And here they are. We are going to talk about all of them in great detail.

1. Disbelief
2. Disinterest and
3. Disuse

These are the 3 devils of a poor memory. Now let us examine the above three factors one by one so as to understand how each one of them impoverishes our memory capacity.

Disbelief

How many times did we hear our elders and teachers say, “Don’t depend on your memory. Write it on a piece of paper!”

If you don’t believe in your memory capacity, there is no way in which you can improve your memory.

Belief has a magical effect. If you very deeply believe in a particular thing, it will become true. Thomas Alva Edison always believed that he can make an electric bulb and he could make it happen.

I can make a couple of suggestions to you on how you can draw upon the power of belief in respect of your memory capacity.

From now on, start believing in your own memory capacity. In fact, you have an excellent memory, eagerly waiting only to serve you. You may tell yourself and others a 100 times a day that you have a great memory.

OK, you may ask, does it really help? Yes it does. Many people tell to themselves that they have a poor (terrible, pathetic, worst…) memory. By doing so, they are “helping” themselves to really have a poor memory. Well, it takes the same amount of mental energy to think positive or to think negative. In such case, would you not choose to think positive?

Remember what Henry Ford said long time back:

Whether you think you are right or you think you are wrong, you are right!

Well said! That’s the power of belief. Use the power of belief to your advantage.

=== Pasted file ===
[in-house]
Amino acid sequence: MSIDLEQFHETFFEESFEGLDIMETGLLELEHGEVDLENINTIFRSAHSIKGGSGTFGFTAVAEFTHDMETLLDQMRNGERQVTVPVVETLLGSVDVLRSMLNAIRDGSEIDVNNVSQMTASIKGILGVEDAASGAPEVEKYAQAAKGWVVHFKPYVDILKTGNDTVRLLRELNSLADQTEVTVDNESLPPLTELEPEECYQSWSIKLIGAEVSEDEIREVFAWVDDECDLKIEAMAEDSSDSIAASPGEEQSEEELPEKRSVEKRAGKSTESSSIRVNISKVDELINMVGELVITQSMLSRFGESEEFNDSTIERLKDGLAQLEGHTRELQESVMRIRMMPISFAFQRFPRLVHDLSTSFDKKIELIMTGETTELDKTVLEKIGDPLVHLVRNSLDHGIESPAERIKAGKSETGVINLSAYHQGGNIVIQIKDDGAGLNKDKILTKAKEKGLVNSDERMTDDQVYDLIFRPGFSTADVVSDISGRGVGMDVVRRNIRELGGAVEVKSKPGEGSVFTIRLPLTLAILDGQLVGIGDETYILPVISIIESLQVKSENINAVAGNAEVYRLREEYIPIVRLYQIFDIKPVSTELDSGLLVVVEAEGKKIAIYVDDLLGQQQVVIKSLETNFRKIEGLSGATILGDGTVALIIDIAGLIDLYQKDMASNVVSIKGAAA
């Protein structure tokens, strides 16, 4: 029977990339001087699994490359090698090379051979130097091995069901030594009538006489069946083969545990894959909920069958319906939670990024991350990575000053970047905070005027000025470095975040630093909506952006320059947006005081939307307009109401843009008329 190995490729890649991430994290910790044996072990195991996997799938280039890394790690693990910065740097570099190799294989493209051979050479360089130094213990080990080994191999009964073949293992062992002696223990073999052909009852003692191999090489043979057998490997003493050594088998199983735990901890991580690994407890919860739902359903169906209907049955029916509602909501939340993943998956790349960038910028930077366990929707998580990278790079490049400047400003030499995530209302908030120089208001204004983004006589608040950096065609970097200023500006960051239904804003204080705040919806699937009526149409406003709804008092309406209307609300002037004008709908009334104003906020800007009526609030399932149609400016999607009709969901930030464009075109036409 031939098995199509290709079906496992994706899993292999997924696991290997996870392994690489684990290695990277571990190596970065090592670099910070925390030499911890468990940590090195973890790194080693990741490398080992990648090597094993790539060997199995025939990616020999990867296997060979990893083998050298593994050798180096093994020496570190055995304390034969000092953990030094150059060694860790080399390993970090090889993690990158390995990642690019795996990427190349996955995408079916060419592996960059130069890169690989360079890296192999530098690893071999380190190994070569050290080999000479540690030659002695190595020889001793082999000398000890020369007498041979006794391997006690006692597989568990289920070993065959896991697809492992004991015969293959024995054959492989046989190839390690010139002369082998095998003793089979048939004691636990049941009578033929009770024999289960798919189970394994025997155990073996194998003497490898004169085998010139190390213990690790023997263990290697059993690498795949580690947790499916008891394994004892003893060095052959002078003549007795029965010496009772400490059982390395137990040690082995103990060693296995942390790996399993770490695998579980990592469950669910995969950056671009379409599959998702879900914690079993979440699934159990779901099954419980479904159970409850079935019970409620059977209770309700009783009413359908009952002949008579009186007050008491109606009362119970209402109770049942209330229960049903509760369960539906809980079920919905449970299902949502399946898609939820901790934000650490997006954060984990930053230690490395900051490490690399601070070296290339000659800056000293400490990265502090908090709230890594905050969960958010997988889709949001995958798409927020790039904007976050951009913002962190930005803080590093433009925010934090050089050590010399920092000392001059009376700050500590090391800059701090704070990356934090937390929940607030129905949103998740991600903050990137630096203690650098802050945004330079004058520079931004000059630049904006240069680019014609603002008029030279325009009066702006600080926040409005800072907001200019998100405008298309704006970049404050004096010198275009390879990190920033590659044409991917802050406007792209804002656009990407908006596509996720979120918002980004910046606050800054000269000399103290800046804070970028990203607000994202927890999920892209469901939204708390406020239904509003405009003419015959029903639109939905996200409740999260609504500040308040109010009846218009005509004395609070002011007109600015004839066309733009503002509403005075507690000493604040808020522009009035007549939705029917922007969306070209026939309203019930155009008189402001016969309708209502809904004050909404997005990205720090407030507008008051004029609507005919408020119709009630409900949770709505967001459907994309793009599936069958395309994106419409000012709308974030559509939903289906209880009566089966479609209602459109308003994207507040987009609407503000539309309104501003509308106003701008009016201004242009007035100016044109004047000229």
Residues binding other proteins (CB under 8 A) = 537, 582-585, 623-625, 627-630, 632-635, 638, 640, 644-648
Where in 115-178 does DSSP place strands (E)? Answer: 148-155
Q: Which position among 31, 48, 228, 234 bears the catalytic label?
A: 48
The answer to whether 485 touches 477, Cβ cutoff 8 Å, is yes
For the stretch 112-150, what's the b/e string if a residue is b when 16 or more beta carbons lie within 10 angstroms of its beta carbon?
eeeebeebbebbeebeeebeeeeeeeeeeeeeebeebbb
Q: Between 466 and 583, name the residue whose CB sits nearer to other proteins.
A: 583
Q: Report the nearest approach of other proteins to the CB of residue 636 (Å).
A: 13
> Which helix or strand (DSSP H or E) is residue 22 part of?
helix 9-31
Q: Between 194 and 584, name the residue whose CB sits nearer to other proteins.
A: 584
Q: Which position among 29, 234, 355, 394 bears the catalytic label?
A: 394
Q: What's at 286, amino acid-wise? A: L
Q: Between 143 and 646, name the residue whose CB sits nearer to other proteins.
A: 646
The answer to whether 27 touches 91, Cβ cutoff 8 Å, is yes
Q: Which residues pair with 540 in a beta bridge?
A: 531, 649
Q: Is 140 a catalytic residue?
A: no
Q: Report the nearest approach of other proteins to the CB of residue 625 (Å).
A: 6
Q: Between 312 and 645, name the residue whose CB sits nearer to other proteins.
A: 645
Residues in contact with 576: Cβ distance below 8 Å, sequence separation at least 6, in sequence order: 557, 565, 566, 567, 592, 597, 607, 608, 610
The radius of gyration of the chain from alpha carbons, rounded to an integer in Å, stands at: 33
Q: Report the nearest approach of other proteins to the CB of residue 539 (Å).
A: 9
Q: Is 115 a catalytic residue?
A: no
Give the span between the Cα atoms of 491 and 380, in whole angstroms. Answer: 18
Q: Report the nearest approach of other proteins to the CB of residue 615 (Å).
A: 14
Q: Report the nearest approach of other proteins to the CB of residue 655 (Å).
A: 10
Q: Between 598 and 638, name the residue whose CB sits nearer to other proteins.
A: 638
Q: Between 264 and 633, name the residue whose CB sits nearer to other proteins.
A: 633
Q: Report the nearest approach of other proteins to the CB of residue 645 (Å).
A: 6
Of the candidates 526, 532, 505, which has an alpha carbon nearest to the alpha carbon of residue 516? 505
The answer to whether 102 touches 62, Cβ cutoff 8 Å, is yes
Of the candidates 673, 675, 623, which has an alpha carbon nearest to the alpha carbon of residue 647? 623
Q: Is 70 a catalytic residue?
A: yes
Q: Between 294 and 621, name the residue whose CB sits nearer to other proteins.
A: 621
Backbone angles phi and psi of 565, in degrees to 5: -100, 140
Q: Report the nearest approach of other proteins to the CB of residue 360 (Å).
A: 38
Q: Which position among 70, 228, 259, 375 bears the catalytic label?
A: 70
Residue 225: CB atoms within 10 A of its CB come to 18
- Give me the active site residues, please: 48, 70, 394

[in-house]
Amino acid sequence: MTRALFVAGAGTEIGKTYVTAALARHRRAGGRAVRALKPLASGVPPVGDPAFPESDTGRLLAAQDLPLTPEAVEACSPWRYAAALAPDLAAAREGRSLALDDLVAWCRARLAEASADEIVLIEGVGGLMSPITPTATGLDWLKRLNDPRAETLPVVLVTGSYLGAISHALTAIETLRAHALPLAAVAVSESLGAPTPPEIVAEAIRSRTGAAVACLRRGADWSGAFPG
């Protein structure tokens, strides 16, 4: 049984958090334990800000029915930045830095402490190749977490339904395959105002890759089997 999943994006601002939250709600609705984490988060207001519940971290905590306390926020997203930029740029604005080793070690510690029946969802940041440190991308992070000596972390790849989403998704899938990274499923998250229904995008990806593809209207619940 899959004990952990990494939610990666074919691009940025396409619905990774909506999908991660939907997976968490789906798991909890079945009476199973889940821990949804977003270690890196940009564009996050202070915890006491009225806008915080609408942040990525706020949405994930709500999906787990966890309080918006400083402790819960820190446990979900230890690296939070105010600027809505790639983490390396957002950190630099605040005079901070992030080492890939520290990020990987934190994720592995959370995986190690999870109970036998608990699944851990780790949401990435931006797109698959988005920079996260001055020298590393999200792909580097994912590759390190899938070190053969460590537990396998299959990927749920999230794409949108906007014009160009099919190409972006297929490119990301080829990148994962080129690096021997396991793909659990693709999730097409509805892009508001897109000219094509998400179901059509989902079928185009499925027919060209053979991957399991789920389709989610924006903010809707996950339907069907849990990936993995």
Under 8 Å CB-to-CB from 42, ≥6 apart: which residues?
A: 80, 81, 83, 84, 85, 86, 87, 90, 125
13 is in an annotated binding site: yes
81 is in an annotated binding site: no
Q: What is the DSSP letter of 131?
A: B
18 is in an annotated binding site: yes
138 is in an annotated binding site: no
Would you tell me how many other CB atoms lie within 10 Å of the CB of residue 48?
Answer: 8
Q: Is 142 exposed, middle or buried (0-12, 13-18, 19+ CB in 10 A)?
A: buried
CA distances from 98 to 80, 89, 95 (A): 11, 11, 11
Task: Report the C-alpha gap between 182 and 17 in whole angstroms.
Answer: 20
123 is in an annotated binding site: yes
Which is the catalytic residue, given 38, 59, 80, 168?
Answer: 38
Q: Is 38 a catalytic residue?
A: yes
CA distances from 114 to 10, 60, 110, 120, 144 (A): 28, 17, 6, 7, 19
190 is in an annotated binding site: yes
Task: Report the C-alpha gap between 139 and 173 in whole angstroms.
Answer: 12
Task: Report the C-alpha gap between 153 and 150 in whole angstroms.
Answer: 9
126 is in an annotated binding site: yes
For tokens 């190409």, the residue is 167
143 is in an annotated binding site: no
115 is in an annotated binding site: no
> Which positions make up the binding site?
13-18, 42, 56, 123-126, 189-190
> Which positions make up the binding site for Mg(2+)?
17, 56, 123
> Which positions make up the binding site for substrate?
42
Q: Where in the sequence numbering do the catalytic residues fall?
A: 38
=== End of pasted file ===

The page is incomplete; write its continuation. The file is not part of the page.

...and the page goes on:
I may add, simply believing that you have a good memory and doing nothing about it is not going to help. This is merely a first step. You need to take all the steps to reach the destination.

Disinterest

It is an established fact that whatever you are genuinely interested in, you ought to have a great memory in that aspect. If you have to remember any thing, the brain must have an interest in the thing.

The brain tends to remember what all is interesting and forget what is not so interesting. But the irony of life is, not all important things are really that interesting.

Your memory in a particular area is directly proportional to the interest you have in it.

For example, a student who has to pass his exams has to clear all the papers, irrespective whether a particular subject is interesting to him or a boring one. Similarly, not all the names of people you meet in your life are interesting! You simply can’t say, “How can I remember such a boring name?”. Can you?

In such cases, you are under an obligation to make that particular subject interesting. There are ways of achieving this task. In fact, the whole book is about it. For the present, what you should note is that memory is interest driven.

Disuse

You learn the contents of a report today thoroughly. Down the line, after six months, you are trying to recall all the points of the report. The chances are you may not be able to recall even one third of the contents. What has happened to the thoroughly learnt report?

This happens because of the time gap between the time of learning and the time of attempting to recall. If you are not in regular touch with the material which you have learnt, you will tend to forget most part of it, sooner or later.

Use it or lose it!

You have to find a way of using the knowledge at specified time intervals in order to keep the material in you brain intact.

From today, whenever you find yourself being attacked by these three devils, fight back! Its easy.

We will be discussing how to fight back in the next post, so stay tuned.